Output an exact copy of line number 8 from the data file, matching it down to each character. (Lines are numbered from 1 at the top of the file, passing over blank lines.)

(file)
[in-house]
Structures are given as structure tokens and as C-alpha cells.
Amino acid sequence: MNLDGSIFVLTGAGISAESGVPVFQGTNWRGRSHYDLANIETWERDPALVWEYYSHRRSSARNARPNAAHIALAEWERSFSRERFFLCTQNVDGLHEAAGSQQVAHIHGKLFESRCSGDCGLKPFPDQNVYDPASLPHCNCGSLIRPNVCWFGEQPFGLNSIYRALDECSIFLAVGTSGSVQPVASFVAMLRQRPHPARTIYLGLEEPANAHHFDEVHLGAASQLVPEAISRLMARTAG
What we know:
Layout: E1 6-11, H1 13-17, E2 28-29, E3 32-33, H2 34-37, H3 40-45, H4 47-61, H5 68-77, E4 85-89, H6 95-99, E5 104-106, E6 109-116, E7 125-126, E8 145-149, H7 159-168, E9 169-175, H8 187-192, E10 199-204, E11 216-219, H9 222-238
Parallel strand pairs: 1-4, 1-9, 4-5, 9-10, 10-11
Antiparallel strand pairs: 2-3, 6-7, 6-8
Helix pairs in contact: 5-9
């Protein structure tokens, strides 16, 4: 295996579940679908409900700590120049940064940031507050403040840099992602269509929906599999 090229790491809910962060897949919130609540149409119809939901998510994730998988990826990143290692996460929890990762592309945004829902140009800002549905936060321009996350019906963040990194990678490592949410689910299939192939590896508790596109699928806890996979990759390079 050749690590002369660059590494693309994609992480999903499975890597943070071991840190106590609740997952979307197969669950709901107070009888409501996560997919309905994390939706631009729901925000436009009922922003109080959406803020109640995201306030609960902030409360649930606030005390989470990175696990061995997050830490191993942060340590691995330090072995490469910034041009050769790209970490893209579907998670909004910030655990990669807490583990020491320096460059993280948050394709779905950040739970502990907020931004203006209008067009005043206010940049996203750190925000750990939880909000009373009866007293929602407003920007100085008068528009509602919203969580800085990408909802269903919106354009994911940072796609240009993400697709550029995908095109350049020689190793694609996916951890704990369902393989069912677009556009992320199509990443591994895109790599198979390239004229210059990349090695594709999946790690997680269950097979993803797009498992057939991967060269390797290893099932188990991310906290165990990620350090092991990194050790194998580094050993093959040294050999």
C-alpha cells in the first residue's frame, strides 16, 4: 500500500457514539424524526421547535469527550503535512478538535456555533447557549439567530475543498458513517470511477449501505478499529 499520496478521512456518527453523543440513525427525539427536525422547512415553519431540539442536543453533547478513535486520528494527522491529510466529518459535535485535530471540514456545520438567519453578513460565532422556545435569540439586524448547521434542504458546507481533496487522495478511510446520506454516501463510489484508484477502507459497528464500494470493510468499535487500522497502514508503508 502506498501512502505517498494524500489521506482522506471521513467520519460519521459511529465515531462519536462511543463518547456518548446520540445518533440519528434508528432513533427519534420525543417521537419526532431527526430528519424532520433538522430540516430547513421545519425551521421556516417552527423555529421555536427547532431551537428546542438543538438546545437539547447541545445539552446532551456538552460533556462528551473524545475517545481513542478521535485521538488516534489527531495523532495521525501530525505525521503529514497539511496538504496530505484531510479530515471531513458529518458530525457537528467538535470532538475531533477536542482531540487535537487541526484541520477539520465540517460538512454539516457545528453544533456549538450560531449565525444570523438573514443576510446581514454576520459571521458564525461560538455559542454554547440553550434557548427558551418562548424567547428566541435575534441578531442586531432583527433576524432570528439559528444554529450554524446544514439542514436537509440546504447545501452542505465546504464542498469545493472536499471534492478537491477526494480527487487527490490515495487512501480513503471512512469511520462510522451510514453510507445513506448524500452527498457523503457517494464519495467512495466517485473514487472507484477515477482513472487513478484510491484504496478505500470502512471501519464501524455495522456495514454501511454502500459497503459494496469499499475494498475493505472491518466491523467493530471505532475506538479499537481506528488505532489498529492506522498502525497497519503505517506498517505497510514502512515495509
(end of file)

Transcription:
Helix pairs in contact: 5-9